Volume 3 Supplement 3

Food Allergy and Anaphylaxis Meeting (FAAM 2013): Abstracts

Open Access

Suboptimal care of peanut allergic children in Germany concerning professional dietary advice and the supply of self-injectable epinephrine

  • V Trendelenburg1,
  • K Blümchen1,
  • F Ahrens2,
  • A Gruebl3,
  • E Hamelmann4,
  • G Hansen5,
  • A Heinzmann6,
  • K Nemat7,
  • B Niggemann8 and
  • K Beyer1
Clinical and Translational Allergy20133(Suppl 3):P38

DOI: 10.1186/2045-7022-3-S3-P38

Published: 25 July 2013

Background

Patients with peanut allergy are advised to strictly avoid peanuts in their diet and to carry an emergency kit including self-injectable epinephrine at all times.

The aim of the study was to determine to which extent peanut allergic children in Germany are provided with self-injectable epinephrine and if they had received professional dietary advice.

Methods

63 peanut allergic children (median: age 6 years; peanut-specific IgE 73,5kU/l) who participated in an oral immunotherapy (OIT)-study were enrolled. Data concerning age of diagnosis, provision with self-injectable epinephrine, professional advice and performance of a peanut-free diet as well as the characterization of accidental allergic reactions to peanut (grade of severity I-V) were collected at their baseline visit of the OIT-study.

Results

At baseline visit, 17/63 children (27%) had not been provided with self-injectable epinephrine although the diagnosis of their peanut allergy was already made 4 years (median) ago. Five of these 17 children had at least one severe allergic reaction after accidental peanut consumption (grade IV) in their history. 27/63 children (43%) had not received self-injectable epinephrine at initial diagnosis but later in their life. In 13 of these 27 cases self-injectable epinephrine was prescribed only after at least one severe allergic reaction to peanut (grade IV). 19/63 children (30%) had received self-injectable epinephrine directly at initial diagnosis. A strict avoidance of peanut was performed by 51/63 families (82%). 12/63 families (18%) did not avoid products labelled with “may contain traces of peanuts”. Only 13/63 families (21%) had received dietary advice from a dietician.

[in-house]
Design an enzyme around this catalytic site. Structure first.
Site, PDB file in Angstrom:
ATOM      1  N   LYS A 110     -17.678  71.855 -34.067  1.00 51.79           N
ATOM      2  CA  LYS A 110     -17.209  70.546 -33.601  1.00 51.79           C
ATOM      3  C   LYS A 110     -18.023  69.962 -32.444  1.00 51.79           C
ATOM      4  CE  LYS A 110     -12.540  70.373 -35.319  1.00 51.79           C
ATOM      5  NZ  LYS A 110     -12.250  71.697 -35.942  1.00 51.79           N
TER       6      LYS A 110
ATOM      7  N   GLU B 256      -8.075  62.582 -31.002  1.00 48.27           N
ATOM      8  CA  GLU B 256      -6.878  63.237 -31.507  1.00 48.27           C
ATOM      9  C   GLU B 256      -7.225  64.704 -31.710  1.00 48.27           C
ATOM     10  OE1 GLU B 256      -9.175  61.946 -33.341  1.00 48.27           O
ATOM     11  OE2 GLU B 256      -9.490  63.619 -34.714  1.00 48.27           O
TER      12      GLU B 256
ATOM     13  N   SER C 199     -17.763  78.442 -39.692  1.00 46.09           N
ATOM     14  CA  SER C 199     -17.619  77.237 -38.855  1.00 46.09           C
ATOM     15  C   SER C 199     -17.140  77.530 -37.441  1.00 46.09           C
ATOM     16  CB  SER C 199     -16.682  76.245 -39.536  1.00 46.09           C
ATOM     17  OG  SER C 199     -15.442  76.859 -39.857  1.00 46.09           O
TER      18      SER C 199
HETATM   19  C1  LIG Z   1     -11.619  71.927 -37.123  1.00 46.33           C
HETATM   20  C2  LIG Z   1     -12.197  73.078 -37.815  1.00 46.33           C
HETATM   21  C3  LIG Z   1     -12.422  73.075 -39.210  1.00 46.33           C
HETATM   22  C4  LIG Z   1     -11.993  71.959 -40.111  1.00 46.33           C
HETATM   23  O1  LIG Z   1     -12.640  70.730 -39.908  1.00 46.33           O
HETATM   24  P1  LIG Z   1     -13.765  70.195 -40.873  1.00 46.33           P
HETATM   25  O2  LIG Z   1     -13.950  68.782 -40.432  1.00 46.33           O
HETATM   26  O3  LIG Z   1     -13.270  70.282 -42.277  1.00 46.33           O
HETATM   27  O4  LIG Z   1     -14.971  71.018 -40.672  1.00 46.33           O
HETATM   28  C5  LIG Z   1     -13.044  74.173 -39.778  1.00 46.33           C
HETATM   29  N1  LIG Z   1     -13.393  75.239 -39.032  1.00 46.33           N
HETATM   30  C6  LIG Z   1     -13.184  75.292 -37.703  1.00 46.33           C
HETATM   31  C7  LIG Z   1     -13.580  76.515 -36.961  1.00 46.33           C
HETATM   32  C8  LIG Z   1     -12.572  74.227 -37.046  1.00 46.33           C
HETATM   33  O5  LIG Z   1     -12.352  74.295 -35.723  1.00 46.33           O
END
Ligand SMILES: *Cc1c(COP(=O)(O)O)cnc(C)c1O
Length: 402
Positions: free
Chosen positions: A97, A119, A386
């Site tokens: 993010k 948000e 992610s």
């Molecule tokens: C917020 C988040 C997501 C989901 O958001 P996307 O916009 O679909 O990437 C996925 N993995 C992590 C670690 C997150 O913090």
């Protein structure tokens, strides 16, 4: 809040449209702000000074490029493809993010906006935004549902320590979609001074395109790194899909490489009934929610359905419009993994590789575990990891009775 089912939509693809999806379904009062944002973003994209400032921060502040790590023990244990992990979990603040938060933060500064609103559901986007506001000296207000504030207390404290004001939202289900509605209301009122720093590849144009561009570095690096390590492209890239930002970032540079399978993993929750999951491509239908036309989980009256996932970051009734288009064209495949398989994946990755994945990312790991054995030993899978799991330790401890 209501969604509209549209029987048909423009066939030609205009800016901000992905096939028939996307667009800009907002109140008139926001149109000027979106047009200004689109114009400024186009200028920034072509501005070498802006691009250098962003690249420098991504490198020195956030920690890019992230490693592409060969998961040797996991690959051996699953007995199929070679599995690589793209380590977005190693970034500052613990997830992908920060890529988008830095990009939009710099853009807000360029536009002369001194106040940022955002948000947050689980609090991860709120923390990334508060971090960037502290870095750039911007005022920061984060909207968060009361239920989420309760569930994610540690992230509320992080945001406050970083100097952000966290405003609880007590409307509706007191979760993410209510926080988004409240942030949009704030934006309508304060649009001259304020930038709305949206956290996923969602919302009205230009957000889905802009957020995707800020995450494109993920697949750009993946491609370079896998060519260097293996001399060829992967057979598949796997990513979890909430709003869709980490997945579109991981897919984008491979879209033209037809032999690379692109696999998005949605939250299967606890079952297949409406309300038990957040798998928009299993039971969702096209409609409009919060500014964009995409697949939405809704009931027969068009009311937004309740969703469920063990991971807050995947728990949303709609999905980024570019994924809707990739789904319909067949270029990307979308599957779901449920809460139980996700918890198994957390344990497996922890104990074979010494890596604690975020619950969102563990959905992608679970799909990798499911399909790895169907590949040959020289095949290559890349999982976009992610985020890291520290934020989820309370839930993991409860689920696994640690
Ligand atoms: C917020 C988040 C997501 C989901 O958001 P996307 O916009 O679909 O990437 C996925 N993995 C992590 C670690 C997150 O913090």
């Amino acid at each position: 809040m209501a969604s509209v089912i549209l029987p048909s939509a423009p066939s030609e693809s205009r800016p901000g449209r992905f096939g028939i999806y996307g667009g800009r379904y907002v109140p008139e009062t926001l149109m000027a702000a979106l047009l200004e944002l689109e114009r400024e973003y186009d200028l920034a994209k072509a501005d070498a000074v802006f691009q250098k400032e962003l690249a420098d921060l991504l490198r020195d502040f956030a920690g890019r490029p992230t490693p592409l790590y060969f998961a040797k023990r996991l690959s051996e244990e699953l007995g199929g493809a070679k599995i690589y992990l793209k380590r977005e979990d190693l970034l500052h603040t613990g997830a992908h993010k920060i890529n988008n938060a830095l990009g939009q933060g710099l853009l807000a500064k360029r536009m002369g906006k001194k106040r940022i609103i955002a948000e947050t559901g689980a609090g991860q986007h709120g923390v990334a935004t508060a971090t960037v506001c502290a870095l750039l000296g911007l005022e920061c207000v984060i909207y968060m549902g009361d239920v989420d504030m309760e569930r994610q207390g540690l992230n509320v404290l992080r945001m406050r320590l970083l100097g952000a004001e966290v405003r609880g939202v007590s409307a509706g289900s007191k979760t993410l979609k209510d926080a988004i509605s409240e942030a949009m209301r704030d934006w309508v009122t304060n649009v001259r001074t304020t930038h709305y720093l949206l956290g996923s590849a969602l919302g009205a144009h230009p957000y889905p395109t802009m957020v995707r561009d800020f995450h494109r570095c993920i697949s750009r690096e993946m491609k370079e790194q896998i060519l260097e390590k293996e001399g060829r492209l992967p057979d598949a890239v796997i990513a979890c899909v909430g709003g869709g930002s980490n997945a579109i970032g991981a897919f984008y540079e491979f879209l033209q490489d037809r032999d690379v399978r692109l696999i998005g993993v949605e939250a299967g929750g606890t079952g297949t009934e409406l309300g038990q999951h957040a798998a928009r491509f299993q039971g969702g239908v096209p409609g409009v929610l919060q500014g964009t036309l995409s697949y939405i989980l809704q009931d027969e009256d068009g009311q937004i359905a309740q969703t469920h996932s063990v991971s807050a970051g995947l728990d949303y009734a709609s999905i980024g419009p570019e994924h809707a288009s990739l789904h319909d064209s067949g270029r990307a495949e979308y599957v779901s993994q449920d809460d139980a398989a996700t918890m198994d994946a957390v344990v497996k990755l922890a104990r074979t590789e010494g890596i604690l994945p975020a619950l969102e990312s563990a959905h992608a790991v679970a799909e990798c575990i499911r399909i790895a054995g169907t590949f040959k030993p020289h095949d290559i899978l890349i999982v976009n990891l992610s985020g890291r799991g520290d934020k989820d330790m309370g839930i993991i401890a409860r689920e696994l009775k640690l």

Conclusion

Currently, peanut allergic children are not sufficiently provided with self-injectable epinephrine and do not receive enough professional dietary advice in Germany. Accidental allergic reactions are common. Therefore we recommend prescribing an emergency kit including self-injectable epinephrine directly at initial diagnosis. Furthermore families should receive an emergency training and a professional dietary advice.

Disclosure of interest

None declared.

Authors’ Affiliations

(1)
Dept. of Pediatric Pneumology and Immunology, Charité University Medicine
(2)
Children’s Hospital “Altona”
(3)
Dept. of Pediatrics, Technical University Munich
(4)
Dept. of Pediatrics, Ruhr-University Bochum
(5)
Dept. of Pediatric Pneumology, Allergology and Neonatology, Hannover Medical School
(6)
Center for Pediatrics and Adolescent Medicine, University of Freiburg
(7)
Dept. of Pediatrics, University Hospital Carl Gustav Carus, Technical University of Dresden
(8)
Pediatric Allergology and Pneumology, German Red Cross Hospital Westend

Copyright

© Trendelenburg et al; licensee BioMed Central Ltd. 2013

This article is published under license to BioMed Central Ltd. This is an Open Access article distributed under the terms of the Creative Commons Attribution License (http://creativecommons.org/licenses/by/2.0), which permits unrestricted use, distribution, and reproduction in any medium, provided the original work is properly cited.